In the years since her last album, Gwen has been busy raising a family with Gavin and re-joining No Doubt – which she never officially left – for a nationwide tour in 2009. Proving that you can go solo and return to the roots that made you a star, Gwen and the rest of No Doubt have reportedly been in production on their sixth studio album since May. This post is just a glimpse of Gwen’s musical trajectory thus far, and I excitedly await the results of her return to No Doubt and any future solo projects.


Role Model > Louis Kahn

“I merely defend, because I admire, the architect who possesses the will to grow with the many angles of our development. For such a man finds himself far ahead of his fellow workers”

Ask any architecture student in their first few years of school about their favorite historical architects, and you’re likely to hear the standard bearers like Frank Lloyd Wright, Le Corbusier, Mies van der Rohe, or any other influential figure whose work dominates discussions of twentieth century design. Wait a few years and then ask them the same question, and chances are they’ll mention Louis I. Kahn.

Although there are many architects whose popularity is exclusive to those studying and practicing the profession, (Peter Zumthor comes to mind, but after his 2009 Pritzker Prize win that classification might no longer be valid) Louis Kahn, whose career spanned four decades from the 1940s until his death in 1974, occupies a unique place among his mid-century peers whose work is celebrated in mainstream culture. A true architect’s architect, Louis I. Kahn is widely considered to have been the driving force that introduced historicist monumentality to American modern architecture.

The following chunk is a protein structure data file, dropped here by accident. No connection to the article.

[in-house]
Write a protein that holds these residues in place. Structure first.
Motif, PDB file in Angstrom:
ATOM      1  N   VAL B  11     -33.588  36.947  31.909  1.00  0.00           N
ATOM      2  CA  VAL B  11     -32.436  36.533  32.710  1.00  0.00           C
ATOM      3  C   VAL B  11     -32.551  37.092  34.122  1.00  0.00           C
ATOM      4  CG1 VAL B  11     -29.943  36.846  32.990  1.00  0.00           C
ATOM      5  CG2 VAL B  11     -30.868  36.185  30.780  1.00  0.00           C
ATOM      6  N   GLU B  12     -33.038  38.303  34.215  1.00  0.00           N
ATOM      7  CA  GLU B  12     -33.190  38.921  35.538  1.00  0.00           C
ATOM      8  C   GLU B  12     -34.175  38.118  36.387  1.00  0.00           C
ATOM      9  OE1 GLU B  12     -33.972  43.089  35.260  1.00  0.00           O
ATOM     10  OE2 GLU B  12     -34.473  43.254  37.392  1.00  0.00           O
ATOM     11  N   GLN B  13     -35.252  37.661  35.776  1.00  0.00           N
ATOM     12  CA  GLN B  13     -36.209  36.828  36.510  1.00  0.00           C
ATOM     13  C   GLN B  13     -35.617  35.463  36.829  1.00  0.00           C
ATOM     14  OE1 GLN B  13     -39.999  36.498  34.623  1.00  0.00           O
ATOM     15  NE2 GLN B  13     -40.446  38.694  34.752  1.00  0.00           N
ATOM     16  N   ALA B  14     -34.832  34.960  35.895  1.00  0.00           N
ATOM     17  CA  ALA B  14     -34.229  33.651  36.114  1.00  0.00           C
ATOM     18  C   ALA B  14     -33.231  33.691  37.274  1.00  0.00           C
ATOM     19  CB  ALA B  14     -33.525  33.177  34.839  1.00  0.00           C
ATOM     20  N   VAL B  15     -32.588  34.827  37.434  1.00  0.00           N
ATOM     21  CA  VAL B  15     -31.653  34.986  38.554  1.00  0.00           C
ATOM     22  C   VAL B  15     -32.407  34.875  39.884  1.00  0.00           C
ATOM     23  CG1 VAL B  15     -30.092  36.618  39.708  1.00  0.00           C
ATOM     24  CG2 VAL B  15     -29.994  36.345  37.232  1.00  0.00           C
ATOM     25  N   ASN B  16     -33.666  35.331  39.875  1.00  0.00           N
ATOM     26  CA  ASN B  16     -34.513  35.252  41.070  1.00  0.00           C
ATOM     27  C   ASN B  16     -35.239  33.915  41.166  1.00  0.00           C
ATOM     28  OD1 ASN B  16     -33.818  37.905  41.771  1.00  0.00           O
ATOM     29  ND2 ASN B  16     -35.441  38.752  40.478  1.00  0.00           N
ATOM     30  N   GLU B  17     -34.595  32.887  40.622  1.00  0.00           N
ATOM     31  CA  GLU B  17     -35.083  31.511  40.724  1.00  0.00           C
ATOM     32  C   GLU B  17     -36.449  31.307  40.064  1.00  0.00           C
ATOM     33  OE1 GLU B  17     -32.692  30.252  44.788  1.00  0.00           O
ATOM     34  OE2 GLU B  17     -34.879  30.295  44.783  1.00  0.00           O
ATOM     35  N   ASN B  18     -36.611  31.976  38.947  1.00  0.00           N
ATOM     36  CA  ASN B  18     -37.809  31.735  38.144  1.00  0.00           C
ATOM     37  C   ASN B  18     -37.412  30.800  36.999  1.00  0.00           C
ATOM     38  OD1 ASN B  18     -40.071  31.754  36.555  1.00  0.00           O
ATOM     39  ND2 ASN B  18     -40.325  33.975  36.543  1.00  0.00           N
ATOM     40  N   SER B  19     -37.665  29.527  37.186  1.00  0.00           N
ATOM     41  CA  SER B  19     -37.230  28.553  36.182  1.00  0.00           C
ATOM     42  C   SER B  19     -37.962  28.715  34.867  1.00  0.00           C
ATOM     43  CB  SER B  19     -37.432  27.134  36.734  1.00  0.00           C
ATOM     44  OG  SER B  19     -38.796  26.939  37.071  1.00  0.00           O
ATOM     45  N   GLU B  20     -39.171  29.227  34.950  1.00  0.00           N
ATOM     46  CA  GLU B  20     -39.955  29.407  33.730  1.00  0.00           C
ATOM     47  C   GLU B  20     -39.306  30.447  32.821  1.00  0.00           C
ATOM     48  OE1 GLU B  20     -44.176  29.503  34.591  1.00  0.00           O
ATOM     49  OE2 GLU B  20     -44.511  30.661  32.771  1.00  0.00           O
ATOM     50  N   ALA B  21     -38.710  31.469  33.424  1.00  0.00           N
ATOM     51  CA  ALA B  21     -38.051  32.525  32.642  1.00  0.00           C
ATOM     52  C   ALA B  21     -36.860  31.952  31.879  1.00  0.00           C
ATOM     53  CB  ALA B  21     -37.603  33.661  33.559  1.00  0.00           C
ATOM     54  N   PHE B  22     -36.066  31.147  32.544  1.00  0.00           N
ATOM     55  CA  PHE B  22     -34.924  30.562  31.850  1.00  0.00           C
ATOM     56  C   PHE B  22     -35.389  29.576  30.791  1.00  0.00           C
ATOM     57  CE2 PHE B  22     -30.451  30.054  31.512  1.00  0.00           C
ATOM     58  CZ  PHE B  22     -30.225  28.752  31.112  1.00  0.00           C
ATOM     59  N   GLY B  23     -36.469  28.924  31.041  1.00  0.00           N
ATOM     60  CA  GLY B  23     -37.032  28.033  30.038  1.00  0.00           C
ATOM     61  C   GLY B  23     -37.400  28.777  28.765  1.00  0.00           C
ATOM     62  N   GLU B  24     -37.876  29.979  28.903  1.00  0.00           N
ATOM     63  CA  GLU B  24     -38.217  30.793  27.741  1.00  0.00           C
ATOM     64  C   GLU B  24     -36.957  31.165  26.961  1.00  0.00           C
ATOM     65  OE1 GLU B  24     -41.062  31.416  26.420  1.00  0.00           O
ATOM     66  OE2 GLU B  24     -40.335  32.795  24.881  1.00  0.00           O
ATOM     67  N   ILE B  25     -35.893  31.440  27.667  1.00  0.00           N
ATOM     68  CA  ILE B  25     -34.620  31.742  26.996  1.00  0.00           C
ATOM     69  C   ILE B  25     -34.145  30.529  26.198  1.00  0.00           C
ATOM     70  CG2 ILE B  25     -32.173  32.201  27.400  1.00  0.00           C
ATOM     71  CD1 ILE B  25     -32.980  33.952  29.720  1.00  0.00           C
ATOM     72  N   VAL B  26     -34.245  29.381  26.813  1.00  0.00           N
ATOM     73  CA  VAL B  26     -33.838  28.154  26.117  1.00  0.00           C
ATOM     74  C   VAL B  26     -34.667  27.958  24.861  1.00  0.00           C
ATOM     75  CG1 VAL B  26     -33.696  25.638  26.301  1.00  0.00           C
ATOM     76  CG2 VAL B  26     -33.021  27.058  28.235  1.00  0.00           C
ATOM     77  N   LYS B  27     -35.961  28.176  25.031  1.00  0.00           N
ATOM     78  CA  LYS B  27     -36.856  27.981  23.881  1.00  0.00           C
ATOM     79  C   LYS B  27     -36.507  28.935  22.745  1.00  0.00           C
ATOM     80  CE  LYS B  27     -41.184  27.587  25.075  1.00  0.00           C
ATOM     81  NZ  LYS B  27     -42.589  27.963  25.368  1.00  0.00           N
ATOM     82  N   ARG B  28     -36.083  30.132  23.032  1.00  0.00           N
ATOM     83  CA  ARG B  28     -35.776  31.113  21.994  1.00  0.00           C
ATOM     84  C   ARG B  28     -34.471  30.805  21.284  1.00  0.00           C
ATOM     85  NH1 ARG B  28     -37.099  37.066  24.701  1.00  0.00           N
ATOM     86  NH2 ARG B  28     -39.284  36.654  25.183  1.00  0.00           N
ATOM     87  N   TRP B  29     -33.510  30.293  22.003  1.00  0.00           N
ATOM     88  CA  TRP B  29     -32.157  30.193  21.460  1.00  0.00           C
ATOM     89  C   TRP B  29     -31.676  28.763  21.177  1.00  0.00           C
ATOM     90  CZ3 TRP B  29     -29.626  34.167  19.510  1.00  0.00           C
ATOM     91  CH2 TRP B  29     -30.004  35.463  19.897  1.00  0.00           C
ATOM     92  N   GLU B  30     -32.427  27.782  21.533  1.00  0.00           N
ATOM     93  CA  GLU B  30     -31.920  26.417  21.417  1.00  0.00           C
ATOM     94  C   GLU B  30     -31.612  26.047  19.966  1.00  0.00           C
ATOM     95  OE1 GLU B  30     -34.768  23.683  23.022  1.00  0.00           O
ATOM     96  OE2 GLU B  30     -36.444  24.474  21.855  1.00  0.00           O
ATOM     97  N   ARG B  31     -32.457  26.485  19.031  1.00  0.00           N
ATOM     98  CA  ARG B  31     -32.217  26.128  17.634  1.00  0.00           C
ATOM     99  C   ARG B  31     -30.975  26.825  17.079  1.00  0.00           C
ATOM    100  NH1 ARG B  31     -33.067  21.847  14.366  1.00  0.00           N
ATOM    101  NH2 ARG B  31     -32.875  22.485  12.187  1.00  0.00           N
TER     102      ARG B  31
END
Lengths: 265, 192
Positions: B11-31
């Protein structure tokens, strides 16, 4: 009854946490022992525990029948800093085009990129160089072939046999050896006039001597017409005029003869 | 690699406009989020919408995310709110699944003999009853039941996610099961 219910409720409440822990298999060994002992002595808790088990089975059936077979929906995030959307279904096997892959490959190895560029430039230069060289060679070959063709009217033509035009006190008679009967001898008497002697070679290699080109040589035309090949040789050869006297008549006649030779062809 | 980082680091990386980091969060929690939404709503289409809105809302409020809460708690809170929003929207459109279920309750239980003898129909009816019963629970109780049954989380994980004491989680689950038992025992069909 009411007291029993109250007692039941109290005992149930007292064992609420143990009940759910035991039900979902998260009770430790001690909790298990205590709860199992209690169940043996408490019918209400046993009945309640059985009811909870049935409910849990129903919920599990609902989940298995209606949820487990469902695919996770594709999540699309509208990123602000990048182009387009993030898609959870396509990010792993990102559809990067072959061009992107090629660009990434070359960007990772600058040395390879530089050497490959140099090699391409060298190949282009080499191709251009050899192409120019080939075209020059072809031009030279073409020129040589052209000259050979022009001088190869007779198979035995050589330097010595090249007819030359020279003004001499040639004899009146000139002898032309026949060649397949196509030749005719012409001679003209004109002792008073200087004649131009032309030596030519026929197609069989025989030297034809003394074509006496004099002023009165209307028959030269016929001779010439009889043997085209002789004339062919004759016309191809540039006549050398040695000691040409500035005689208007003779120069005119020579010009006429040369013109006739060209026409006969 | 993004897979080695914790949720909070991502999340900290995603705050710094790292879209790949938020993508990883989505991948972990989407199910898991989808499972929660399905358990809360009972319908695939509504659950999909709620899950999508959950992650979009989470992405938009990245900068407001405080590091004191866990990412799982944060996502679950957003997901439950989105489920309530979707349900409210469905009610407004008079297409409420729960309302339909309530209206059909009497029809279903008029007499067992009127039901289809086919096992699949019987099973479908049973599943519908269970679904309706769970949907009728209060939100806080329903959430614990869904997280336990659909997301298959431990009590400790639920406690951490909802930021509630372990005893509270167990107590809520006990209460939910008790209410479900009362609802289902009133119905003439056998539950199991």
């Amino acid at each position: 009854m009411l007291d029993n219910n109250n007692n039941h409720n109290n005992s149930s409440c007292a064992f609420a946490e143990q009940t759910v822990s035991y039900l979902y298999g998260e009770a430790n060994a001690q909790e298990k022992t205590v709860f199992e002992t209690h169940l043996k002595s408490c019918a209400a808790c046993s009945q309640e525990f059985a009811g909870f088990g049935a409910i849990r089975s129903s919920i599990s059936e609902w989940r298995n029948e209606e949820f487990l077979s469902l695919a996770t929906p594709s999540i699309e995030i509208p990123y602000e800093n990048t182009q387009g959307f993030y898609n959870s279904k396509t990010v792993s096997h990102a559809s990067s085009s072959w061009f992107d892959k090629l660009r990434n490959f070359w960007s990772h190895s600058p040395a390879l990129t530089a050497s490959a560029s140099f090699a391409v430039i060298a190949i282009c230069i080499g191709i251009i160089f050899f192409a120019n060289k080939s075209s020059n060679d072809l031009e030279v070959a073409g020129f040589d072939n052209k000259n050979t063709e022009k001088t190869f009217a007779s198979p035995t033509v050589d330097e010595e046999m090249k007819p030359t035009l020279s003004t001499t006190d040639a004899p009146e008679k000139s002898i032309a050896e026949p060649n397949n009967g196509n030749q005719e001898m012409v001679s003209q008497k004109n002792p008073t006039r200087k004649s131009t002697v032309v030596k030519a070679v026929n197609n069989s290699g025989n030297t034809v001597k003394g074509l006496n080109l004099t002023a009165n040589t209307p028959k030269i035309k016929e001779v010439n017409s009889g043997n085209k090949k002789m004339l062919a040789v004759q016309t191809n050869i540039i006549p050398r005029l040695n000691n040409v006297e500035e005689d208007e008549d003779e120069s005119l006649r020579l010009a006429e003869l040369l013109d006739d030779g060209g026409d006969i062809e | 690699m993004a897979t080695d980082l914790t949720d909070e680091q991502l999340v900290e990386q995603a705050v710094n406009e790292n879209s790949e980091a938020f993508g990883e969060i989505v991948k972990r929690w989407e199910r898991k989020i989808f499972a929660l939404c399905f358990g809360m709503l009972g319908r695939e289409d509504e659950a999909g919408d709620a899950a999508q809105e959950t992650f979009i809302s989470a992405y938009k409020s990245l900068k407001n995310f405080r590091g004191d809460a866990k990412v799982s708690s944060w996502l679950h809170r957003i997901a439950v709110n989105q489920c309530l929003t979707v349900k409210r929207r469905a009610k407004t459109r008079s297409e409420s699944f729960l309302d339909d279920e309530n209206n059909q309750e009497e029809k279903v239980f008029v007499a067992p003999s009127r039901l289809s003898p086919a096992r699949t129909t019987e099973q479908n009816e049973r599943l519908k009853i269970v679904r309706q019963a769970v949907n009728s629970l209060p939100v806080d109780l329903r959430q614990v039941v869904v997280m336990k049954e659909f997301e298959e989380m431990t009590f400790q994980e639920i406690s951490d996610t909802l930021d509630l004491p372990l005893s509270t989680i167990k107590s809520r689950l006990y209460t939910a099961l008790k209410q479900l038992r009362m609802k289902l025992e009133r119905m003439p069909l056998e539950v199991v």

Perhaps because he was educated in the traditional Beaux-Arts pedagogy of classical proportions, symmetry, and scale, Kahn always found himself on the fringe of the minimalist International Style that had become the preferred hallmark of avant-garde designers of the mid-twentieth century. Rejecting the modernist doctrine of “form follows function”, Kahn employed pure geometric forms, repetitive massing, and substantial scale to elevate the stature of his varied educational and institutional projects. The following is a brief chronological exploration of his greatest buildings, fully realized:

Yale University Art Gallery (1951-1953) His best known commission from the early part of his career, this building was an addition onto an existing gallery located on the neo-Gothic campus of the esteemed Ivy League University in New Haven, CT. Standing in contrast to the overly arched and sculpturally complex character of the historic building to which it is attached, Kahn’s addition reads from the outside as a simple box comprising unadorned expanses of glass and brick, projected with horizontal datums that indicate the interior floor plates.

It is within the galleries themselves that Kahn reveals his penchant for repetitive geometries, with a concrete ceiling cast in a triangular pattern and concealing the lighting and mechanical systems above. This motif is repeated at a grand scale in the building’s monumental staircase, which is circumscribed in a large cylindrical void. The aforementioned separation of mechanical functions into their own distinct volume above the ceiling was just the beginning of Kahn’s explorations of a building’s served and servant spaces